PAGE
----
Posted on May 30, 2016
Posted by John Scalzi
In which we had a lovely time at Wiscon. I hope your Memorial Day weekend has been a fine one, and that (here in the US), you give a moment to ponder on those whom Memorial Day is meant to honor.
Really nice pic. Wisconsin — a great place to be from.
Coming soon; a coffee table book by John Scalzi: – “Sites (sic) I have Been”. A tour-de-force of high quality photographs taken by the author showing the view from the window of hotel rooms he has stayed in.
Artfully organised into chapters based around the predominant view, be it government buildings, lakes, parking buildings or the wall of the building the other side of an alleyway.
Each photo comes with a brief description of where and why he was there along with a few of the entries from this Comments Section.
I don’t think Tor will let this be one of John’s contracted books though.
Wisconsin – a great place to live, except for Scott Walker and all his homies in the legislature. I lived in Sturgeon Bay for years of my youth, then several years in Milwaukee. Good times.
On other fronts, how about a pic or two of the Scamperbeasts?
Glad you enjoyed Wiscon! I had a lovely time at Balticon, and got a friend to buy Old Man’s War in the Dealer’s room. A librarian’s work never ends.
“you give a moment to ponder on those whom Memorial Day is meant to honor”
Those who lost their lives in war. As opposed to those who have served, who are honored on Veteran’s Day. Or those in the military, who are honored on Armed Forces day.
I try not to point this out to the well-meaning who get it mixed up (it’s hard to politely point this out, online, to the well-intentioned) but I sure like it when I see someone get it right. Thanks, Scalzi.
” give a moment to ponder on those whom Memorial Day is meant to honor”
**Do yourself a favor and DO NOT READ if you believe Memorial Day (or Veteren’s Day, or Armed Forces Day) are Very Important Holidays. In fact, I’m gonna go ahead and ROT13 my comment, so I can somewhat anonymously get it off my chest, without unduly upsetting anyone**
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It was good to see you at WisCon, even if we didn’t get a chance to hang out.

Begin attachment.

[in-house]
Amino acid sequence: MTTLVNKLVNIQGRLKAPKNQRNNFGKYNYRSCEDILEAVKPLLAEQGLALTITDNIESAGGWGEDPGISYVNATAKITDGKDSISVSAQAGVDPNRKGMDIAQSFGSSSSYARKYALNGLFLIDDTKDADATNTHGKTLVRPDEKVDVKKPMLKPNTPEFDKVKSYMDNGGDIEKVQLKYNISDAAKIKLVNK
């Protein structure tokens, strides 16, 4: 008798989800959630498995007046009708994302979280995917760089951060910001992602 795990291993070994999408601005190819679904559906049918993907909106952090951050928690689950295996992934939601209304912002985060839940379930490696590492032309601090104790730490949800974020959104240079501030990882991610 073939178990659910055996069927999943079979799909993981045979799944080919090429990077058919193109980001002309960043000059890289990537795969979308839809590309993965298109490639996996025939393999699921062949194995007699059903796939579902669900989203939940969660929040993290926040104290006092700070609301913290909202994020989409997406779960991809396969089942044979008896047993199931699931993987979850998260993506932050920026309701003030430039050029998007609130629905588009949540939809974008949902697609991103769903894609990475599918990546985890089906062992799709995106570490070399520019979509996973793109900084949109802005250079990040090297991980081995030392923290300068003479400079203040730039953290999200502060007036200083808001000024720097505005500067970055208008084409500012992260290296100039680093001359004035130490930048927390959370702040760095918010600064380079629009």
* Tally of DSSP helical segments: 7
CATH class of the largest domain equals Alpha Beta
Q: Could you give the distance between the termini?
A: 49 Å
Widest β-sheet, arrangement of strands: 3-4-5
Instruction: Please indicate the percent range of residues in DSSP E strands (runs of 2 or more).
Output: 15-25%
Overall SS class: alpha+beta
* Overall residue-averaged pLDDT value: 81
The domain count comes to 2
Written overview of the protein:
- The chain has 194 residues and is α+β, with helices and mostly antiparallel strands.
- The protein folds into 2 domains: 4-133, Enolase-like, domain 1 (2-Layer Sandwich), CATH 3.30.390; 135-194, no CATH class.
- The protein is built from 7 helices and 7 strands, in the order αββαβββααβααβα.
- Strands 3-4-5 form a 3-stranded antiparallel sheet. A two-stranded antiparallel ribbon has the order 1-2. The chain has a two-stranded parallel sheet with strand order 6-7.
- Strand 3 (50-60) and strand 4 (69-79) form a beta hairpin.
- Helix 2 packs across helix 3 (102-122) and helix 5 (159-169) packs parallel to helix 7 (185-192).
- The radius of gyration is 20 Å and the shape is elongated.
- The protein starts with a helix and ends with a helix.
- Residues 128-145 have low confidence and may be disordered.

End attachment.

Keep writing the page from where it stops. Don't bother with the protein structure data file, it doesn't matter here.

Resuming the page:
This Memorial Day, I remembered the fallen, and remind us that tragic death is the cost of war—and that’s why we should avoid it when possible.
Love Madison. Excellent home made ice cream.
“give a moment to ponder on those whom Memorial Day is meant to honor.”
The older I get, the more I think the only time the government cares about our troops is when it muzzles the conversation about whether the government squandered those peoples’ lives on a stupid war, when it encourages conflating criticism of war with disrespect for those who served and those who died.
@docrocketscience: I can understand the internet making you cynical about the Memorial day, because you are right there are a lot “patriots” who have taking a bible thumping approach to American values. But I can’t agree with your disbelief about there being three separate holidays to our nations heroes. The three holidays do serve distinctly different purposes. Armed Forces Day celebrates those who currently serve in the Armed forces (you should be happy about this holiday because there used to be a separate holiday for each branch of service).
There is Memorial Day which used to be known as Decoration Day. It was a time honored tradition dating back to the Civil War, a day when people would go to their local cemeteries and clean and decorate the headstones of all fallen heroes.
Lastly is Veterans’ Day. It was formally known as Armistice Day and celebrated the end of WWI, the “war to end all wars”. Sadly it was not the war to end all wars. The department of Veterans Affairs had it re-branded as Veterans day after the Korean War. It is a day to honor those who have served, but are still living.
Three holidays with three separate meanings. One for those are serving, one for those who have served and are still with us; and one for our heroes who did not make it home. I personally don’t feel three days is too much to ask for three different groups of people who share one commonality.
You are right that the focus of each day should no be about fallen soldiers. Men and women of all branches of service have contributed to our nation’s safety. I wish Armed Forces Day received more publicity, and more was done for our active duty service members. I wish people would quit saying “happy Memorial Day” because I don’t see what is happy about it. Lastly I wish i actually got a day off of work and school on Veteran’s Day, because I feel like I earned that one.
I apologize for my whining because you are right docrocketscience, there is enough trolling about these holidays which should be treated differently and with the respect and reverence they have earned.
John, did you go to Brat Fest?
I warned you not to read it. :P
I entirely sympathize with your feelings; if anything I am more extreme in that direction.
I don’t feel particularly compelled to participate in the intent of the holidays. There is only the most minimal and pro-forma efforts by the culture to impose that on me. Unlike almost every other US holiday, where I am bombarded with incessant propaganda about the reasons for the seasons [ahem].
I can pretty well ignore the political reasons for Memorial and Veterans Days with minimal mental effort; no one is shoving those reasons down my throat. If I think on them at all it merely reminds me that I’m looking at the enabling of dysfunctional and destructive behaviors and I am not obligated not make it my personal problem.
‘Course, I don’t know where you live nor in what subculture of the US. You may get flogged with this far, far worse than I.
pax / Ctein
Taunting the tauntable since 1998
John Scalzi, proprietor – JS
Athena Scalzi, editor/writer -AMS
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